“It should be stressed, however, that our findings are an association, rather than causality. Further work is needed to confirm the efficacy of modulating dietary patterns in treating depression with relation to inflammation.”
Inflammation occurs when the body releases proteins, antibodies and increased blood-flow to areas affected by infections, injuries, and toxins in an effort to defend and protect itself.
However, chronic inflammation has been found to have a negative effect on health and linked with diseases such as cancer, asthma and heart disease.
An anti-inflammatory diet contains plenty of fiber, vitamins – especially A, C, D — and unsaturated fats. The popular Mediterranean diet, which includes olive oil, tomatoes, green vegetables and fatty fish, is a good example, with the researchers suggesting that this diet could be followed to potentially lower the risk of depression.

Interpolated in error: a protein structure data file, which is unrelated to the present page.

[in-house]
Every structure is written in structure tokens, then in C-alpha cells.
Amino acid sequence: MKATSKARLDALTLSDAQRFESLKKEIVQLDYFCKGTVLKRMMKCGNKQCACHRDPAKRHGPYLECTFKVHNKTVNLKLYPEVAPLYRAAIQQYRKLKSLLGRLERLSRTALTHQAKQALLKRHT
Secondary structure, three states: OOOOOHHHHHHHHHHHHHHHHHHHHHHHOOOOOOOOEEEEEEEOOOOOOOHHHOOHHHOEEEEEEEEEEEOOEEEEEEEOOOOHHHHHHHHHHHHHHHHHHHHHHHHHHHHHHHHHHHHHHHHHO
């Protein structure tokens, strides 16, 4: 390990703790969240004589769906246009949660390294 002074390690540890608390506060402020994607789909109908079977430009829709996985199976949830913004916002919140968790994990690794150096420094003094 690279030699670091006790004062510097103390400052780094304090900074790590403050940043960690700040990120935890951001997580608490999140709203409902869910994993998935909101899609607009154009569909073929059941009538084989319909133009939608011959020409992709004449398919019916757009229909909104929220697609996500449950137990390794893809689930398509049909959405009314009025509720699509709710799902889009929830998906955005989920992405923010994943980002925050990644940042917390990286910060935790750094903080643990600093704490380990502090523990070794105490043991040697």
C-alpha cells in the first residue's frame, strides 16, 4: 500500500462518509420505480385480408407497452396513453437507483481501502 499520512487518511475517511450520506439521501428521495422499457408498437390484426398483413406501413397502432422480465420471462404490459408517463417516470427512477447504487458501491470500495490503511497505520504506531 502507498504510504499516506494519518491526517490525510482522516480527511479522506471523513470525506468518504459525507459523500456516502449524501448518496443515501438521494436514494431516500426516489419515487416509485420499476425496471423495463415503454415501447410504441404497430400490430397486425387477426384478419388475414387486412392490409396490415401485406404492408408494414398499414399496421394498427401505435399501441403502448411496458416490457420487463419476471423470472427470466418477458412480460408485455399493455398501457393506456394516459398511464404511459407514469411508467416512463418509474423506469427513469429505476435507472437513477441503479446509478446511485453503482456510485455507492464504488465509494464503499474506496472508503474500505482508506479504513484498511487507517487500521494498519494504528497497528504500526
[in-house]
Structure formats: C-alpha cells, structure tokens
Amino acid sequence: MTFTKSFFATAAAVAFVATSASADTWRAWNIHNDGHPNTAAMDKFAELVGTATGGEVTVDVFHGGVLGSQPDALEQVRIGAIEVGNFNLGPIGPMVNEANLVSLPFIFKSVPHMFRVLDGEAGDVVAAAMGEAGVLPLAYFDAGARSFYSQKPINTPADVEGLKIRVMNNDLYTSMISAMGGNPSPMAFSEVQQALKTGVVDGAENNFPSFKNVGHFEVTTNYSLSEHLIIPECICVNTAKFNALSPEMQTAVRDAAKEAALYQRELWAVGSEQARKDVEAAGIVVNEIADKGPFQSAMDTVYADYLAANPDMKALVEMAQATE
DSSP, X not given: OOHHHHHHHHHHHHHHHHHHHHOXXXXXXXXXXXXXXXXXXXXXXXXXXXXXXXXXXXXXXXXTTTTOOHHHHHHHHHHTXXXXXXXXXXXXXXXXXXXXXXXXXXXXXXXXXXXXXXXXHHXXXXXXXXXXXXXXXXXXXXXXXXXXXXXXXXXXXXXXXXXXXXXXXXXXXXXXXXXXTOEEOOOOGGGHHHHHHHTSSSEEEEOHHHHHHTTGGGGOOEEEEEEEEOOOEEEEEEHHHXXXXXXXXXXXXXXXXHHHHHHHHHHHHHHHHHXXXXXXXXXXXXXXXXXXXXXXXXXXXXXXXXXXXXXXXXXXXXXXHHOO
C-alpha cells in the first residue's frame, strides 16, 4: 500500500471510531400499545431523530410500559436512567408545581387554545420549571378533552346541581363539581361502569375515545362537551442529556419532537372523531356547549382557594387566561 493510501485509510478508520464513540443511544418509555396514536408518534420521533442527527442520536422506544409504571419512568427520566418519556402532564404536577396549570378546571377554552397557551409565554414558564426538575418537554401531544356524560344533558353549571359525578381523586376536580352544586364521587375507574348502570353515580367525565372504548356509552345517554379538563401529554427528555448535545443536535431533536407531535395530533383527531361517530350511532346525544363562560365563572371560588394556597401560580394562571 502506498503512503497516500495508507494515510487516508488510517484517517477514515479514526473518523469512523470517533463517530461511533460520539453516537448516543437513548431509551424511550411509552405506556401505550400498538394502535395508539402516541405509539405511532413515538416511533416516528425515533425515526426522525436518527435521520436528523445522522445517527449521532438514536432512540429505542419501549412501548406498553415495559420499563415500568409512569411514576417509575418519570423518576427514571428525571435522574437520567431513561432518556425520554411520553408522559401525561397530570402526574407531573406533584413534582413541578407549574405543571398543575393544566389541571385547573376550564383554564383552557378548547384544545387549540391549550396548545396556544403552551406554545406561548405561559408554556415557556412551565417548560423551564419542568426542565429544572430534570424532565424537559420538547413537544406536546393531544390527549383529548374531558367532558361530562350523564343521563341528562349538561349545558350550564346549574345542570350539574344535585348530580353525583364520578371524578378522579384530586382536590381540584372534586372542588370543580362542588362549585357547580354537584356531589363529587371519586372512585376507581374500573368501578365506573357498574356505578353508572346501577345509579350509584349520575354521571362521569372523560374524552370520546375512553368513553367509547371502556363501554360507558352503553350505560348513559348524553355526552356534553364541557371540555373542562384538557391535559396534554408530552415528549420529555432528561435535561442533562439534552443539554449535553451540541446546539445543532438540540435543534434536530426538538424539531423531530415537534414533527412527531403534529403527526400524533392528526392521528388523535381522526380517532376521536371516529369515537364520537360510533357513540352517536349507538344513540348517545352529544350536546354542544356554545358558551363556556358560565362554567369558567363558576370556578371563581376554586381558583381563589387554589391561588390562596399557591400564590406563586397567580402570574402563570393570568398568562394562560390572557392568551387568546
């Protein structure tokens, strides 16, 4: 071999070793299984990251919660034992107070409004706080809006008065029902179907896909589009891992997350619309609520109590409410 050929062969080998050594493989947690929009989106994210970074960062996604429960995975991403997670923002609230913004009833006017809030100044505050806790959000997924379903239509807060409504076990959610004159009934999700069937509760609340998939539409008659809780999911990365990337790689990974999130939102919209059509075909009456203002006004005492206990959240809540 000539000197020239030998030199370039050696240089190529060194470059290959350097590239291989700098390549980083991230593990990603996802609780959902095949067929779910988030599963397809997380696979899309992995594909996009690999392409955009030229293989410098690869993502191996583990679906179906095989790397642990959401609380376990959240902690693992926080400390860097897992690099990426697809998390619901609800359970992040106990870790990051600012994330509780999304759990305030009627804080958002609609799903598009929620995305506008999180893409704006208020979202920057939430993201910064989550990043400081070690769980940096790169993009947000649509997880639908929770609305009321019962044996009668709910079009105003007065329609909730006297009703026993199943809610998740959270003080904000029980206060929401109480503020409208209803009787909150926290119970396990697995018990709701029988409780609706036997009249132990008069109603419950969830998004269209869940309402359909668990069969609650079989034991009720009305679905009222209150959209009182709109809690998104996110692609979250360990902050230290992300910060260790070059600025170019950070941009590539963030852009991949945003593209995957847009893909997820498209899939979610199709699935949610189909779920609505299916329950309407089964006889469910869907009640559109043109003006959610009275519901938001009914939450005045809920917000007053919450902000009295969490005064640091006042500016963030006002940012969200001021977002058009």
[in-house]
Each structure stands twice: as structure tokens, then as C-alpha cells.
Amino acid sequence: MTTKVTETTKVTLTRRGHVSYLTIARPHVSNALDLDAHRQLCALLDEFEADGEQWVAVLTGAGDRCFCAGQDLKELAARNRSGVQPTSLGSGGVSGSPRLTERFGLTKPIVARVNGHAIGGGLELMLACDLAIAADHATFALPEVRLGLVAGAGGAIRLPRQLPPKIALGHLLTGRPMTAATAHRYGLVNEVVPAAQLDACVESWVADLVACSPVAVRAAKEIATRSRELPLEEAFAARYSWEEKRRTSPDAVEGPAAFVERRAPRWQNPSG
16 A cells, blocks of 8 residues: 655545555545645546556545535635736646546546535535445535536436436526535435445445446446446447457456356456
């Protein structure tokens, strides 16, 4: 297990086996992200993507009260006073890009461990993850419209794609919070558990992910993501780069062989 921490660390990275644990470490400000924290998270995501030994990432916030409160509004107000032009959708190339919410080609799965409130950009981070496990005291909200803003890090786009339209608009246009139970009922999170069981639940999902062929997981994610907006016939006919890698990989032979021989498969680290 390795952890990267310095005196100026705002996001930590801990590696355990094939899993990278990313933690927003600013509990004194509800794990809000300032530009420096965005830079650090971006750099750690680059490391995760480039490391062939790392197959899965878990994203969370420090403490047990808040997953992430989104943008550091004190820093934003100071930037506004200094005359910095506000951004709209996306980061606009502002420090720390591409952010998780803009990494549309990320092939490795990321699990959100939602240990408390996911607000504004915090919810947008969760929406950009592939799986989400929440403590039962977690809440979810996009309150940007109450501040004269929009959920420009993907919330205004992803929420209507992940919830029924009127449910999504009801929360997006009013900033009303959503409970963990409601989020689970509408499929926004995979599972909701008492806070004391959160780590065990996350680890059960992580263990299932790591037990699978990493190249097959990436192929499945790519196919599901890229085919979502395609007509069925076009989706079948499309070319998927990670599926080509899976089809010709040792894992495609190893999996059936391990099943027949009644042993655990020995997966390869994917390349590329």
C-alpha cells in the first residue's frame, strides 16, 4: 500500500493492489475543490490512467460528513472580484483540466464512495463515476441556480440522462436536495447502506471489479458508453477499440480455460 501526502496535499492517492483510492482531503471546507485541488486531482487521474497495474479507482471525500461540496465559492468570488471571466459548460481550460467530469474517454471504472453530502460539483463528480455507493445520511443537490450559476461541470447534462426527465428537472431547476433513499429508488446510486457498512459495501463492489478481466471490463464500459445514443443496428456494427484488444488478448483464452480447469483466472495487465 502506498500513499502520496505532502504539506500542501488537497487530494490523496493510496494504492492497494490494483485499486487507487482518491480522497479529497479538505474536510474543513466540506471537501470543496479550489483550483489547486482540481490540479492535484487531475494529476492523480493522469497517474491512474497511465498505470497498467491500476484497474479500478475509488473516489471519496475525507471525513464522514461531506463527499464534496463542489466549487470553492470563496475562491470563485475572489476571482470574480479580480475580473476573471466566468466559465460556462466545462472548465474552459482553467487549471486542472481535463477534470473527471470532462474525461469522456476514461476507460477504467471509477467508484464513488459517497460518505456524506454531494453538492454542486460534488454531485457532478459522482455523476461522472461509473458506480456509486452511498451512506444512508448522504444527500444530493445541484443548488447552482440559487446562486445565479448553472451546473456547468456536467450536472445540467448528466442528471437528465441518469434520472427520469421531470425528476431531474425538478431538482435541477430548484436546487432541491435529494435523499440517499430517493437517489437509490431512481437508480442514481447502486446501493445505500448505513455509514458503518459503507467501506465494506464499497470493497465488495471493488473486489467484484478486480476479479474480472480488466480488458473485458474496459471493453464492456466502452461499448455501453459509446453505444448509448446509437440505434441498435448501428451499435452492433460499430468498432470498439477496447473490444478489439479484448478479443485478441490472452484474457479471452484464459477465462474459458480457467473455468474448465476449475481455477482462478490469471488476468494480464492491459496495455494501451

A US study published earlier this year also found that the DASH diet, which is similar to the Mediterranean diet, and is high in fruits, vegetables and whole grains and encourages nuts and beans, lean meats, fish and poultry rather than saturated fats and sugar, may also reduce the risk of depression. Those who adhered to the diet most showed an 11% lower risk than those who adhered the least.
In contrast, those who followed a Western diet most closely, which is high in saturated fats and red meats and low in fruits and vegetables, were more likely to develop depression.